Editor's note: This story was updated July 14 in the addition of the last two paragraphs. Since the original story was published, ICE has rescinded the directive impacting foreign exchange students.
An email from NAU President Rita Cheng revealed that NAU, along with 19 other universities has filed a joint lawsuit against the U.S. Department of Homeland Security. The joint coalition lawsuit seeks a temporary restraining order, preliminary injunction and permanent injunction to halt the U.S. Immigration and Customs Enforcement’s (ICE) revocation of F-1 visas for international college students that are continuing their coursework online.
Although NAU currently plans to hold in-person classes, Cheng said in the Monday email statement that the university is also allowing students to choose the modality with which to pursue their studies, including remote online learning. Cheng explained that by forcing international students to leave the U.S., should their universities opt for an online only modality, the government is severely limiting those students’ educational opportunities.
“This is reckless at best and unfairly penalizes international students who can benefit from staying in the U.S. while pursuing their studies online,” Cheng’s statement said.
According to a July 10 New York Times article, the first two universities to file federal lawsuits against the president’s ICE directive were Harvard and the Massachusetts Institute of Technology (MIT). Lawyers representing the two universities produced court papers arguing the revocation of the aforementioned F-1 student visas would adversely affect the lives of tens of thousands of students.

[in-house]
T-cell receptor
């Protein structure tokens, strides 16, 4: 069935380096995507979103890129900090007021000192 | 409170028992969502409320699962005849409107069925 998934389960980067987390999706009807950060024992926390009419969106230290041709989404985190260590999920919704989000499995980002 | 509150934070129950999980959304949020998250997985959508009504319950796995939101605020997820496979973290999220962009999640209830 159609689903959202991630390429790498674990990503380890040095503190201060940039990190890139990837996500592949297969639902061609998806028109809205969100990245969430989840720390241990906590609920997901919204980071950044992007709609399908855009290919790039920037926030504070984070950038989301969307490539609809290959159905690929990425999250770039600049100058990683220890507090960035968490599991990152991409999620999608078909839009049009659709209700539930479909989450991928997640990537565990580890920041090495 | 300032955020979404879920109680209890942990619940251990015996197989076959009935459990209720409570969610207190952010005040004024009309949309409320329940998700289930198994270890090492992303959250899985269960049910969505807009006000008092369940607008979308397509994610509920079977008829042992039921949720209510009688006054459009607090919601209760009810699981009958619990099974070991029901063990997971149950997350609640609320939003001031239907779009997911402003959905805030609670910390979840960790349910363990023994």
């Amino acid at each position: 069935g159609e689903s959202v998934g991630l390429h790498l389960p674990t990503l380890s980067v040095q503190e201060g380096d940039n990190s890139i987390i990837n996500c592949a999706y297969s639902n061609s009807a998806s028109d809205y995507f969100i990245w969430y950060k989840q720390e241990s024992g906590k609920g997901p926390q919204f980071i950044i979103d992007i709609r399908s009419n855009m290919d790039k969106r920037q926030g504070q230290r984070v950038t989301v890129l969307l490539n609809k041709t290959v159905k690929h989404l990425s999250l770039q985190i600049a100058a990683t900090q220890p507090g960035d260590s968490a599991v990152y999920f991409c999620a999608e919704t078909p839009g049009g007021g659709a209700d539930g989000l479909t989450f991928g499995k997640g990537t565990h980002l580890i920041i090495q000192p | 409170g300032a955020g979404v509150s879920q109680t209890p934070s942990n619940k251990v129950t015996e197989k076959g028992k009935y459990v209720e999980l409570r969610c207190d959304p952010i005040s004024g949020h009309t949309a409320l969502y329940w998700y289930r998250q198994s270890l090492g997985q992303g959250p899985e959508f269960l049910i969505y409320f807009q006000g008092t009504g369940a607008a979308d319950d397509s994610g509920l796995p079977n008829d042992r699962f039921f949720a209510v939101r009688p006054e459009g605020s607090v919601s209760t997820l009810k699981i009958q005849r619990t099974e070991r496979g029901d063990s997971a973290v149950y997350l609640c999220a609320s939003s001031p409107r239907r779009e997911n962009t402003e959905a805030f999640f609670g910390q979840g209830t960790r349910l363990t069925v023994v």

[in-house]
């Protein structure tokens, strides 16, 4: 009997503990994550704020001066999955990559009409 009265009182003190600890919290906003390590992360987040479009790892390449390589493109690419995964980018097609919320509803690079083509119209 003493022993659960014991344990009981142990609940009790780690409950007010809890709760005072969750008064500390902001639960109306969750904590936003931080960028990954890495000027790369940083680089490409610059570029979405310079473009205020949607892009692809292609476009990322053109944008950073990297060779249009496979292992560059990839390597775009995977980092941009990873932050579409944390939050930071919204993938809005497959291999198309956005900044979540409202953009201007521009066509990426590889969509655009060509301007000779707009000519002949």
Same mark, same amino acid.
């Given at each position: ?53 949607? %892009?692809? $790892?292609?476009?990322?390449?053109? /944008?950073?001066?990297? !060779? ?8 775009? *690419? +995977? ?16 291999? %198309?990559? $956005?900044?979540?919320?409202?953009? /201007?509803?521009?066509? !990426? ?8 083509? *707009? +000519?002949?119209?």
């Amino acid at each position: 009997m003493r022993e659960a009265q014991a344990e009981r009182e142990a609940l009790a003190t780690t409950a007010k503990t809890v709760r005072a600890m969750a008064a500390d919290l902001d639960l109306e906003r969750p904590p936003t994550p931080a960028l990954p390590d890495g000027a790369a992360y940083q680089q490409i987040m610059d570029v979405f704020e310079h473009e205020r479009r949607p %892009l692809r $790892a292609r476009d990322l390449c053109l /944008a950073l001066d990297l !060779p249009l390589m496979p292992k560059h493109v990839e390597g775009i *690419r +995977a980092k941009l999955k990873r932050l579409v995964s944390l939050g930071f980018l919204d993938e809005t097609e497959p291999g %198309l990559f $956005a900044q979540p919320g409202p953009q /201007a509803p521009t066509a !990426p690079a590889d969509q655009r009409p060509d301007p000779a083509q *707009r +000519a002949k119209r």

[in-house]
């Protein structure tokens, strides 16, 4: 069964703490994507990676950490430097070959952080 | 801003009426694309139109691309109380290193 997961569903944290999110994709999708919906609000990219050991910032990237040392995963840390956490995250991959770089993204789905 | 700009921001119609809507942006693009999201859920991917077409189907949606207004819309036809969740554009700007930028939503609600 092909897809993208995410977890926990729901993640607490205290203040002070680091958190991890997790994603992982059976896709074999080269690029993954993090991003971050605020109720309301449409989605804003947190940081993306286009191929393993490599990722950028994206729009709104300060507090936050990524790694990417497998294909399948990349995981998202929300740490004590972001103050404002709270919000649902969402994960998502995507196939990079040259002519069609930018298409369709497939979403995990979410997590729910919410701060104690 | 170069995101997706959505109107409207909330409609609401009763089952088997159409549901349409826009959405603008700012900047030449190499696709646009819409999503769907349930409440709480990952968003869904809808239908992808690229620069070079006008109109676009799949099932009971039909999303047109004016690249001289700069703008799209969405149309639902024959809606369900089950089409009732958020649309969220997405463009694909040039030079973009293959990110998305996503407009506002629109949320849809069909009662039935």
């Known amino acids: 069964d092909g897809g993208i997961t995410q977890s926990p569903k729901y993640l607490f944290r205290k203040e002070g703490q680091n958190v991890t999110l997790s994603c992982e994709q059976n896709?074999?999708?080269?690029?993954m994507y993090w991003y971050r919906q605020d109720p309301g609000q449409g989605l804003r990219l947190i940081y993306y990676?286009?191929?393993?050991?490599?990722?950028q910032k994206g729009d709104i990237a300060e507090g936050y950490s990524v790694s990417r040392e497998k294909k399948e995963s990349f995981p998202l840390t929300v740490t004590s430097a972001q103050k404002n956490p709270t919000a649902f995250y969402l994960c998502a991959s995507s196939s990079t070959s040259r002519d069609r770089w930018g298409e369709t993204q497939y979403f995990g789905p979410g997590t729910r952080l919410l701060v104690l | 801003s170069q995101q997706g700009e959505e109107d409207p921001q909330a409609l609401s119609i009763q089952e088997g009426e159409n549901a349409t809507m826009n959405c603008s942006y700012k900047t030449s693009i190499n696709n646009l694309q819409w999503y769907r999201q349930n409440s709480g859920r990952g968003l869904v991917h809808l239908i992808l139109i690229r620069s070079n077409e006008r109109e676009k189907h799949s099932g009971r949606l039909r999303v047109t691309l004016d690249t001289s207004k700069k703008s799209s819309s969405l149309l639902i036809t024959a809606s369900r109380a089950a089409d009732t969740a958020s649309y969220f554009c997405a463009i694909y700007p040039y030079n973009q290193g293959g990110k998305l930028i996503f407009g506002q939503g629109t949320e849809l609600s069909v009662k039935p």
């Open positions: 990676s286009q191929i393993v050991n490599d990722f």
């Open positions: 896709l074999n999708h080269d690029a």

The New York Times article said though institutions of higher education such as MIT and Harvard wish to open their campuses back up to students, they have not yet deemed it prudent to do so.
“Because higher education institutions do not exist in a vacuum, an outbreak at one poses a threat to the health and safety of everyone in the surrounding community,” the universities said in court papers, according to the New York Times.
Cheng explained that the new rule for international students is a punitive one to both the students and universities similar to NAU in terms of the enhanced cultural experiences that improve higher education. There are nearly 1,300 international students that enroll at NAU each year and invest significant amounts of time, effort and resources to continue their education, Cheng said.
The joint coalition lawsuit statement lists a total of 20 universities within the western region of the U.S. including NAU, that have filed a lawsuit against the government’s ICE directive.
“Our more than 50,000 combined international students are an integral part of our communities and essential to our core missions,” the lawsuit states. “We are pursuing this case because all international students studying in this country deserve the right to continue their education without risk of deportation.”
By becoming a part of this joint coalition lawsuit, NAU stands with a multitude of other universities within the U.S. that are fighting for their international students’ education.
The Trump administration, on Tuesday, rescinded the recent U.S. Immigration and Customs Enforcement (I.C.E.) directive involving the deportation of international college students who are attending a university that is only offering online courses due to COVID-19. This decision comes a day after NAU President Rita Cheng announced that NAU would be joining a joint coalition lawsuit alongside 19 other universities who opposed the directive.
An article from the Boston Globe stated the Trump administration’s decision to rescind the rule was initially announced at the beginning of a Boston hearing regarding Harvard and Massachusetts Institute of Technology’s (M.I.T.) federal lawsuit. The article states U.S. District Judge Allison Burroughs said immigration authorities have agreed to rescind the July 6 I.C.E. directive.